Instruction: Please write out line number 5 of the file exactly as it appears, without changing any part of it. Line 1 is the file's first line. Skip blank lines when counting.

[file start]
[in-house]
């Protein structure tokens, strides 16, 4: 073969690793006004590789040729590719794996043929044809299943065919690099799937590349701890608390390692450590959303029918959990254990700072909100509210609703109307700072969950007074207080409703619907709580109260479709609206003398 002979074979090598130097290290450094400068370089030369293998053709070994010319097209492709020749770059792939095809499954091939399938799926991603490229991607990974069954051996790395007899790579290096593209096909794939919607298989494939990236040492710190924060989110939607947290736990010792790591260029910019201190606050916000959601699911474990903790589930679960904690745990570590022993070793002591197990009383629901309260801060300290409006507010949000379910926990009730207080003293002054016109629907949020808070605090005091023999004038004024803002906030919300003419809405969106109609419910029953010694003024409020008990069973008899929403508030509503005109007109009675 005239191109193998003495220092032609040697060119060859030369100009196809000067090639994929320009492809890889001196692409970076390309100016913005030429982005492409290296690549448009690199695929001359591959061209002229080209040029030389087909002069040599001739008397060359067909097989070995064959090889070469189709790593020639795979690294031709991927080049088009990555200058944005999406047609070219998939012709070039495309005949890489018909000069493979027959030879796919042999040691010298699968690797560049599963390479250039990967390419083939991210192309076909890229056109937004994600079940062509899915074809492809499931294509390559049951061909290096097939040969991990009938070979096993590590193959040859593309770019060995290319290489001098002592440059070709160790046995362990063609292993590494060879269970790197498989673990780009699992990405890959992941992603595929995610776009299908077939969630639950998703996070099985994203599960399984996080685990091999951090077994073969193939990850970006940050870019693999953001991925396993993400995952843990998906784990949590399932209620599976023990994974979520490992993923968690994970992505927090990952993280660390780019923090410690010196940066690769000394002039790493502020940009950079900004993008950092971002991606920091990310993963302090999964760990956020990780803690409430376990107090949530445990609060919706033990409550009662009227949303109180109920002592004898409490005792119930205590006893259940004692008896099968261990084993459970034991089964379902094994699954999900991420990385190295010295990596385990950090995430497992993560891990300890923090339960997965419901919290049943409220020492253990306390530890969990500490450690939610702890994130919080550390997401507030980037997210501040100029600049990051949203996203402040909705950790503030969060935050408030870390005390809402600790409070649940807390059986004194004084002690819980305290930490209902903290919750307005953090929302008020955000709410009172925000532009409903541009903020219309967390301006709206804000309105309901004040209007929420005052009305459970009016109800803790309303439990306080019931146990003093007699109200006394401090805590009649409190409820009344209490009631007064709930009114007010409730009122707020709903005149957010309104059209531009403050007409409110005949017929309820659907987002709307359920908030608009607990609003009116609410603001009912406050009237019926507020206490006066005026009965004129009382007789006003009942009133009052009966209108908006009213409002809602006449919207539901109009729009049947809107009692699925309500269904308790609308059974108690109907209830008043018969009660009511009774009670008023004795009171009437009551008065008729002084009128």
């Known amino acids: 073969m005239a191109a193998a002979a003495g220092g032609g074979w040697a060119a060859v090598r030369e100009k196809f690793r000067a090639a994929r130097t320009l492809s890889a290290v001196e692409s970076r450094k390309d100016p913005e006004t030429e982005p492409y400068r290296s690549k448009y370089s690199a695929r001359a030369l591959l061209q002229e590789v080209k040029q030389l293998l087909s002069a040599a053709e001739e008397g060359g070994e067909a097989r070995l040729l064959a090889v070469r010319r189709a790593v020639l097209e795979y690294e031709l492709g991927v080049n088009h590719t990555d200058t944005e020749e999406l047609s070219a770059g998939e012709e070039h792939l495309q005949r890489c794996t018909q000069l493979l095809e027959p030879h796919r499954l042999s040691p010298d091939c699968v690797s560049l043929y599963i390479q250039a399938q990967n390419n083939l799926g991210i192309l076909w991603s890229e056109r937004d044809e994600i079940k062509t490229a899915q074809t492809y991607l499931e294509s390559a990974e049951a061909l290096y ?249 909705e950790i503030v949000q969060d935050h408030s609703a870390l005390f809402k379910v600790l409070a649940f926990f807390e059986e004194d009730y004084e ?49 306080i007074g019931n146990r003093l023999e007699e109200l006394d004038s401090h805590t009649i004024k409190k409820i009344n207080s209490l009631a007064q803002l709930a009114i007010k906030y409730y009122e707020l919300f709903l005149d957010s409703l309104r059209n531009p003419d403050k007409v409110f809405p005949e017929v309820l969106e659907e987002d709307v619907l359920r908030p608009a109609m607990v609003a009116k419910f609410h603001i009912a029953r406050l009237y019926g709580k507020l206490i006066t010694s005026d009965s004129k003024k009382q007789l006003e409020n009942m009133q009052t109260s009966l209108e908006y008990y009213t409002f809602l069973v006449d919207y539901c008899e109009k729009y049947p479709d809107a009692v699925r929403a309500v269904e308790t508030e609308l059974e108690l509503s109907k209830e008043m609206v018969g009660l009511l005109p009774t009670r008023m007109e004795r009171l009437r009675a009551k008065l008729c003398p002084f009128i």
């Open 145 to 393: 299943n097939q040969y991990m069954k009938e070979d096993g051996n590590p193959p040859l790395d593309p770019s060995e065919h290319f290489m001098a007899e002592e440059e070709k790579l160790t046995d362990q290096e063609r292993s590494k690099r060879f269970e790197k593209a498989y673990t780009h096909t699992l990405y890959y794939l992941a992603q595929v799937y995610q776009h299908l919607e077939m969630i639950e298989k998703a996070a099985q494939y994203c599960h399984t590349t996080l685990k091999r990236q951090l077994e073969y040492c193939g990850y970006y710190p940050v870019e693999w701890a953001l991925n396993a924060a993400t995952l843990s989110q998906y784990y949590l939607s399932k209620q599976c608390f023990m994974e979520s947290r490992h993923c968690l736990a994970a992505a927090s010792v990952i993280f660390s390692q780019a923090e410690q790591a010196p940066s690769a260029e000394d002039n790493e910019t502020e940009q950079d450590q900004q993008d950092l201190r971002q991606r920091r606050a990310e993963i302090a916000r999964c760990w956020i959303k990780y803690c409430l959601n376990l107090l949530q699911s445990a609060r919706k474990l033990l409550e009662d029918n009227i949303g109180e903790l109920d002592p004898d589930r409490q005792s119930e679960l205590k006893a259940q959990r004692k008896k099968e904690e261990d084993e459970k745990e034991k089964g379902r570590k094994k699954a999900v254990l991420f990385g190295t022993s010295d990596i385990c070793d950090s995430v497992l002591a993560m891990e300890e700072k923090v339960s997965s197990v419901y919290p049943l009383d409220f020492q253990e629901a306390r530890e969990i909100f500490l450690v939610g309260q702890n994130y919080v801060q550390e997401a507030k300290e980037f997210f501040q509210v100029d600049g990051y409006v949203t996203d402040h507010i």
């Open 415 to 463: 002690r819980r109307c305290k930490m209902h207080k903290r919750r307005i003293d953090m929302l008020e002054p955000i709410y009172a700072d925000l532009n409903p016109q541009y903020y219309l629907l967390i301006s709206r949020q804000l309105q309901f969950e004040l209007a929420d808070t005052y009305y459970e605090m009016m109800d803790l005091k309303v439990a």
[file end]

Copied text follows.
């Open 415 to 463: 002690r819980r109307c305290k930490m209902h207080k903290r919750r307005i003293d953090m929302l008020e002054p955000i709410y009172a700072d925000l532009n409903p016109q541009y903020y219309l629907l967390i301006s709206r949020q804000l309105q309901f969950e004040l209007a929420d808070t005052y009305y459970e605090m009016m109800d803790l005091k309303v439990a």